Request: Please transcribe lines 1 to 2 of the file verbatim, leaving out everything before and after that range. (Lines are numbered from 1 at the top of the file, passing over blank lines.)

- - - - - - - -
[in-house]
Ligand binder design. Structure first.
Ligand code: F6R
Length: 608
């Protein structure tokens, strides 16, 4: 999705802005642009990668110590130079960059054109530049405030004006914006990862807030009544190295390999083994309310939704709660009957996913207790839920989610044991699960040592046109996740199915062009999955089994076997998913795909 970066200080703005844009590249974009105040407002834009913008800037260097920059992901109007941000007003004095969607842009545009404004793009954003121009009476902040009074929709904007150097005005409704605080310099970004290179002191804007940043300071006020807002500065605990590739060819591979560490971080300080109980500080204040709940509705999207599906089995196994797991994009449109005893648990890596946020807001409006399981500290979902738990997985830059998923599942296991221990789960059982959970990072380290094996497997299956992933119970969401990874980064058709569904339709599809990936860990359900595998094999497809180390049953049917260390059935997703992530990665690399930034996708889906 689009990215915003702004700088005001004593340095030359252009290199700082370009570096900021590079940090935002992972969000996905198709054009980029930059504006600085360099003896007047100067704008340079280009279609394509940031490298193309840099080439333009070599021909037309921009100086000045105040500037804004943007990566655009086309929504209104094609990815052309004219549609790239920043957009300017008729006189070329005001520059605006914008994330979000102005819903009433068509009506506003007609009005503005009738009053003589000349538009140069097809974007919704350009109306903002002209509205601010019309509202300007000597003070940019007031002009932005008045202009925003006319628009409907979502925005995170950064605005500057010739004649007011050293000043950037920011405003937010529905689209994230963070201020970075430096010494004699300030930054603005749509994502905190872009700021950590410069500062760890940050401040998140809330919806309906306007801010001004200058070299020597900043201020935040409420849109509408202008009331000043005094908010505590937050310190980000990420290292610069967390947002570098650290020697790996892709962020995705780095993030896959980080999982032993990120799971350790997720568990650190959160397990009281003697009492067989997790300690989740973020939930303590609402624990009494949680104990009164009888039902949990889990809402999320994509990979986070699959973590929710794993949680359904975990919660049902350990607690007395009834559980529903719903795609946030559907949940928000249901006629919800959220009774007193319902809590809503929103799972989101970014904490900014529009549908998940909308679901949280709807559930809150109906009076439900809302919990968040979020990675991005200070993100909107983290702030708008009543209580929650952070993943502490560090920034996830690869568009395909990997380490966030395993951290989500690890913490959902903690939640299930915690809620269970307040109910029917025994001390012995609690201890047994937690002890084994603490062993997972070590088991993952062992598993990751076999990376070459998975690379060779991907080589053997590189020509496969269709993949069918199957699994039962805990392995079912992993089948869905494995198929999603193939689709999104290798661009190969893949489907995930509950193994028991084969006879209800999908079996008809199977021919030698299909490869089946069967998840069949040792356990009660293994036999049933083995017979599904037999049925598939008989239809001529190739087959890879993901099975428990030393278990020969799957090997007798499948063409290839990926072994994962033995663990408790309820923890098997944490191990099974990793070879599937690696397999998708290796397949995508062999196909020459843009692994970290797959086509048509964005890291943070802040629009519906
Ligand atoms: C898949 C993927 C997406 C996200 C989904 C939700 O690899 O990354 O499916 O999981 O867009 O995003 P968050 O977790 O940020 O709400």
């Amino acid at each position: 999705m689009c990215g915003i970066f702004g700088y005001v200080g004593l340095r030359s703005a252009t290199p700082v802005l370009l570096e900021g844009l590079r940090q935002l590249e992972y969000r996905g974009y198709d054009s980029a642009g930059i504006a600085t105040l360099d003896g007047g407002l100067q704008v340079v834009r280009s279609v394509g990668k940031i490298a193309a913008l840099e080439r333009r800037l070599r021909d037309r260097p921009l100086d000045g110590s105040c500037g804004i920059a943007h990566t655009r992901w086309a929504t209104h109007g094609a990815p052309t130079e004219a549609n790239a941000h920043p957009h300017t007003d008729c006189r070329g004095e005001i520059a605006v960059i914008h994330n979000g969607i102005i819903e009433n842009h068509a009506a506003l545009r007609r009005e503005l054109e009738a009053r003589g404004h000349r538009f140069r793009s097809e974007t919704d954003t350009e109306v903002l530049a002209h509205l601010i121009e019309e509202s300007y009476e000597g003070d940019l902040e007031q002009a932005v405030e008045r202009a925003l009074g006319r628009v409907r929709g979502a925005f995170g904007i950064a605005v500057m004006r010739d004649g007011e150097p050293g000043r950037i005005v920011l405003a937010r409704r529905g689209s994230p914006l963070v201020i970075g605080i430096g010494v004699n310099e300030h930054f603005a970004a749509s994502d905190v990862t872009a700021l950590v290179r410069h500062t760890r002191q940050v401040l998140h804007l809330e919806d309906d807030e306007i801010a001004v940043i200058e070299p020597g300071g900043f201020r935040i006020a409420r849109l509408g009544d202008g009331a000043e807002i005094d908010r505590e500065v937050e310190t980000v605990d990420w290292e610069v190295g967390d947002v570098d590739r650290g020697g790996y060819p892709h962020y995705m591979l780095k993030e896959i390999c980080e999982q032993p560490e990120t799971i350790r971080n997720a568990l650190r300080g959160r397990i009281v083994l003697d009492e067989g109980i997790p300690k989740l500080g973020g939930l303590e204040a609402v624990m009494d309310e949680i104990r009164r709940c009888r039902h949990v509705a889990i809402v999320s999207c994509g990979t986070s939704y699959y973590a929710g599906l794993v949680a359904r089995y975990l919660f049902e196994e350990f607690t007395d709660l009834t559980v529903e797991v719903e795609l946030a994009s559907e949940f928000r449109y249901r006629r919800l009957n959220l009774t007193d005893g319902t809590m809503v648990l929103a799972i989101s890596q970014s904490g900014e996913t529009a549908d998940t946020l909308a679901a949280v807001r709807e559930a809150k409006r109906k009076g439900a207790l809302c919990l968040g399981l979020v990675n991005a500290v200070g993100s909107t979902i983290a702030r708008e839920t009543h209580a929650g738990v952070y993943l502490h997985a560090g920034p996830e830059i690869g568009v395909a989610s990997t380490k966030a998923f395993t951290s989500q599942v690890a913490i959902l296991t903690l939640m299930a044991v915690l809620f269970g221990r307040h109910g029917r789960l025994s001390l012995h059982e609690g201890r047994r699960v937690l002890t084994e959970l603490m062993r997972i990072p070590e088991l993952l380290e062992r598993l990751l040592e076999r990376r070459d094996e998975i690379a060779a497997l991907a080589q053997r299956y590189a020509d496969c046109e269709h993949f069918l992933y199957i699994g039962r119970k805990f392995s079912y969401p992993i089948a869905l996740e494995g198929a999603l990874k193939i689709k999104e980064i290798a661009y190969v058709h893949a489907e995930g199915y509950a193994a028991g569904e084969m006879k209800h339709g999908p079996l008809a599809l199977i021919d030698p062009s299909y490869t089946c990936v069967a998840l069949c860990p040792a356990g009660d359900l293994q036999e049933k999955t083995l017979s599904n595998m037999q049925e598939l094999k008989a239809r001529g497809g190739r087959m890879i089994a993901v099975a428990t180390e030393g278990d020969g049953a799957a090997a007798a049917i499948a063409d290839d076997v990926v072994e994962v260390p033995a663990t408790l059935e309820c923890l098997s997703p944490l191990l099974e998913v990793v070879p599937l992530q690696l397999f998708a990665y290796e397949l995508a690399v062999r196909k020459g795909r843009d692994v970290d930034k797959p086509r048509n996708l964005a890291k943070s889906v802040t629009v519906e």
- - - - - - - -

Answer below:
[in-house]
Ligand binder design. Structure first.